Earlier this week, I received a text from a friend who’s a fan of the Texas Rangers. She shot straight from the hip and asked me: “Is Miguel Cabrera on steroids? He did the Rangers wrong the other night, and I was like, ‘Why can’t they stop this fool?’”
As I replied back explaining that he isn’t on steroids, and why he’s just an amazing hitter, it occurred to me that steroids may not even be a good enough explanation for what he’s doing. They can be tested for and stopped. With what we are seeing here, perhaps Kryptonite may be a better solution in this case.
At the very least, the terror alert needs to be adjusted to account for Miguel Cabrera.
It’s well-recorded what the Detroit Tigers third baseman done and where he stands in the game today, but what he’s doing this season so far is absolutely ridiculous. It’s very well possible that he’s on the way to having not only one of the greatest seasons of all time, but he’s on pace to become The One. That is, he may very well be perfecting the art of hitting.
The pedigree is there. This is a guy that’s somehow forgotten that it is possible to hit under .320, because he hasn’t done it in five years. He’s also somehow not realized that stopping at first base is an option as well; he hasn’t stopped short of 30 home runs in seven years. And what’s more, he doesn’t believe that sharing is caring when it comes to driving in runs; he’s only “failed” to drive in 100 runs once: his rookie year … which started in June, but he still brought home 67 and helped the Marlins win a World Series as well, as a sort of peace offering I suppose for his lack of production.
At any rate, he’s making his Triple Crown season from last year look like amateur hour. He’s on pace for 50 homers and build up an insane 198 RBI this year, seven more than the all-time record that’s stood up since Prohibition. To put it in perspective, he’s driven in 10 more runs than games the Tigers have even played in.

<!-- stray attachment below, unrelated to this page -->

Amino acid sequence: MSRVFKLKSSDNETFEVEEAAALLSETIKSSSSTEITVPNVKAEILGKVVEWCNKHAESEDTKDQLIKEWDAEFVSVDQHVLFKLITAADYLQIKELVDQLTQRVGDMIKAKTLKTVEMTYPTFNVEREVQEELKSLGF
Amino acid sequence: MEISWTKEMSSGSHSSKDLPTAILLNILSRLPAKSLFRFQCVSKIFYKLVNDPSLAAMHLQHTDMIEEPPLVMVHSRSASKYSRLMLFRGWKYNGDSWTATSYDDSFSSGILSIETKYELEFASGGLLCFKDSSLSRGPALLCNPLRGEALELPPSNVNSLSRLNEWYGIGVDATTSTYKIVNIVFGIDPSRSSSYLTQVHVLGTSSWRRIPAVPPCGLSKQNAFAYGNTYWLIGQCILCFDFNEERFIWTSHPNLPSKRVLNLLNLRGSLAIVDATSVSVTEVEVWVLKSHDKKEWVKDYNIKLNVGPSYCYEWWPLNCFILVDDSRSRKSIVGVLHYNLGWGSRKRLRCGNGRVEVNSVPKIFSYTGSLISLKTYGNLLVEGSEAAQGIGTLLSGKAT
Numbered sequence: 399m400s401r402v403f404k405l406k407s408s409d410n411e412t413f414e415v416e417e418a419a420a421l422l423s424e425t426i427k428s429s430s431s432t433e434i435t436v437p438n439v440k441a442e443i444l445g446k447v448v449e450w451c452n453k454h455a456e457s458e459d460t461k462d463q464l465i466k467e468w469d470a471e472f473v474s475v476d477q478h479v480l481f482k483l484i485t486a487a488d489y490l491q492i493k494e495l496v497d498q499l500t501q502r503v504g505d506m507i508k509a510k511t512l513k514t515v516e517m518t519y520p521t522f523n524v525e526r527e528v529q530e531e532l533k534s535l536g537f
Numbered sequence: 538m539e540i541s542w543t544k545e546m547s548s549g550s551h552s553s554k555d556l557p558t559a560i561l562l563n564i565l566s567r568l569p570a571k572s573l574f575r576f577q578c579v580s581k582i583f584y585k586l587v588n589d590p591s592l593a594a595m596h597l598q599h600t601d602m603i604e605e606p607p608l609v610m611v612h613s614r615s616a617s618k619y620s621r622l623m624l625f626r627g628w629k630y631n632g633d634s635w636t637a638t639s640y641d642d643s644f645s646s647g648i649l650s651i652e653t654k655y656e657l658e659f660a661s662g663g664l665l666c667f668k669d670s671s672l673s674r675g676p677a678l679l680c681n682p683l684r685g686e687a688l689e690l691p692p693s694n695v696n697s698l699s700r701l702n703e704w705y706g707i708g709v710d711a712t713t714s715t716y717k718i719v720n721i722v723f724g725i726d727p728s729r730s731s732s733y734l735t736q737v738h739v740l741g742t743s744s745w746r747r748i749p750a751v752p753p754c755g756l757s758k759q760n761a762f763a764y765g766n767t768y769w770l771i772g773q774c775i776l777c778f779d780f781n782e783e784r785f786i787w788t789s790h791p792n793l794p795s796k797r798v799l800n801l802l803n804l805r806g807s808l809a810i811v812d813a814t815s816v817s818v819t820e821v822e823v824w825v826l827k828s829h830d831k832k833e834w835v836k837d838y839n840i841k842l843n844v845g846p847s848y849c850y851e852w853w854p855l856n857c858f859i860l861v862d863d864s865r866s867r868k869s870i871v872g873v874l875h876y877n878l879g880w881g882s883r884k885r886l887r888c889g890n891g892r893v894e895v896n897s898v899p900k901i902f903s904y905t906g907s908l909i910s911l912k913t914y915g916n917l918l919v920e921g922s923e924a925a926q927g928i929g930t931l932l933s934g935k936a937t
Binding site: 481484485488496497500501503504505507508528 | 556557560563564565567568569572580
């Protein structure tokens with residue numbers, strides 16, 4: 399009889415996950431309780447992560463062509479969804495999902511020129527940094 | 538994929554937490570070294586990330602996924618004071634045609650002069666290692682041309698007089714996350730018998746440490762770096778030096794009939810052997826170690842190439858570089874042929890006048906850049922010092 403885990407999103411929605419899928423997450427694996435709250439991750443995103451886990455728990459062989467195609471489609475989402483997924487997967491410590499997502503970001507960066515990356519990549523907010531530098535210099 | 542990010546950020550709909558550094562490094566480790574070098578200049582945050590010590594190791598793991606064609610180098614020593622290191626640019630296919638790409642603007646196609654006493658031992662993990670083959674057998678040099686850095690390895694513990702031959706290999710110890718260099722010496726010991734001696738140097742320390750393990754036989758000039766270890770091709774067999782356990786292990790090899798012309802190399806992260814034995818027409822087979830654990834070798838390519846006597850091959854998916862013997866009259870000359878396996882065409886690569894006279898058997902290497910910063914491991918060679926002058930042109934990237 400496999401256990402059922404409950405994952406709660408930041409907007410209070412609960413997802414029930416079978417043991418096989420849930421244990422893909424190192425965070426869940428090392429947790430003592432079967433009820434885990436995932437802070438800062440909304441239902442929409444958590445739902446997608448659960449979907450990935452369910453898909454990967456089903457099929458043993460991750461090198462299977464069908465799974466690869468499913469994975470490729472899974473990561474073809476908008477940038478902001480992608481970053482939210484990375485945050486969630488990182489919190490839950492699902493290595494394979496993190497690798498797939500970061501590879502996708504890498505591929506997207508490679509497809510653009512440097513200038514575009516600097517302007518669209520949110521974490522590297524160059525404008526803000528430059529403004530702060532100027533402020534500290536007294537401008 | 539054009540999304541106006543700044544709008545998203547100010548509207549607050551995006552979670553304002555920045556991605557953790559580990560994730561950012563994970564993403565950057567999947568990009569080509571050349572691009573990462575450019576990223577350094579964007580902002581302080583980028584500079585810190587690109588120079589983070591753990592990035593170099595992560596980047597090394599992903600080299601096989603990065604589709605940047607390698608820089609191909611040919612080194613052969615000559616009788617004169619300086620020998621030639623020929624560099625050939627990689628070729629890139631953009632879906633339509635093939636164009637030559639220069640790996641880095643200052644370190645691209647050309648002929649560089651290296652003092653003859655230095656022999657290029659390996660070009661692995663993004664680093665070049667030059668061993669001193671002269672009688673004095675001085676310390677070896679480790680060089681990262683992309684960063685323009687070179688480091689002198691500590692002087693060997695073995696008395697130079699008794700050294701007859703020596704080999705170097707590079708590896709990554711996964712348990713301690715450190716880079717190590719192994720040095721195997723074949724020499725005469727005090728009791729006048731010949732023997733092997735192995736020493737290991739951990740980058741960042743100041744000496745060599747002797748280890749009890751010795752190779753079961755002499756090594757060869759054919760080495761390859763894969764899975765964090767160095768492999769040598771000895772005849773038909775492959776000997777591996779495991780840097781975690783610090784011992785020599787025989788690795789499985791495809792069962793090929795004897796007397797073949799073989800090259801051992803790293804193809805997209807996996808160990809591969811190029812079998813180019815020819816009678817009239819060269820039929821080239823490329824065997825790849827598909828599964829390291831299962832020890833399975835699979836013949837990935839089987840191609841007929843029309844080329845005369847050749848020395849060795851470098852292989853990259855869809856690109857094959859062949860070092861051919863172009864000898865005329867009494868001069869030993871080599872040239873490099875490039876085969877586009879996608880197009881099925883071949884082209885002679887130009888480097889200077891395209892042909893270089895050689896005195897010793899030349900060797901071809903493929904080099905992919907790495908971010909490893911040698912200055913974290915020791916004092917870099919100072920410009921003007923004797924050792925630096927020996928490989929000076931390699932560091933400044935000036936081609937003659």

But why is this happening? This isn’t basketball or football, where LeBron James or Aaron Rodgers is going to get the ball and amazing is going to happen whether we want it to or not. This is baseball, home of the Barry Bonds rule where if it’s too dangerous, don’t touch it. Throw four way outside, and send him about his business. Wouldn’t it be easier to pitch around him or just not pitch to him at all? Well, no, not really. Not when Prince Fielder is lurking behind him, and when Torii Hunter is sitting in front of him. There’s a chance there’s already some trouble on base.
Because of these reasons, the nightmare for the American League is going to keep on to Freddy Kruger levels. There is nowhere to go with the man; if it’s thrown over the plate, he’s not likely to miss. His 26 strikeouts are 88th in the American League, but his batting average is .391, the best in baseball.
He’s got the security around him, and he’s holding weapons of the most massive of destructive in himself. Miguel Cabrera may very well be the best hitter, in the best situation, that we’ve ever seen. And he’s going to get plenty of opportunities to prove it through this cruel, cruel summer on AL pitchers.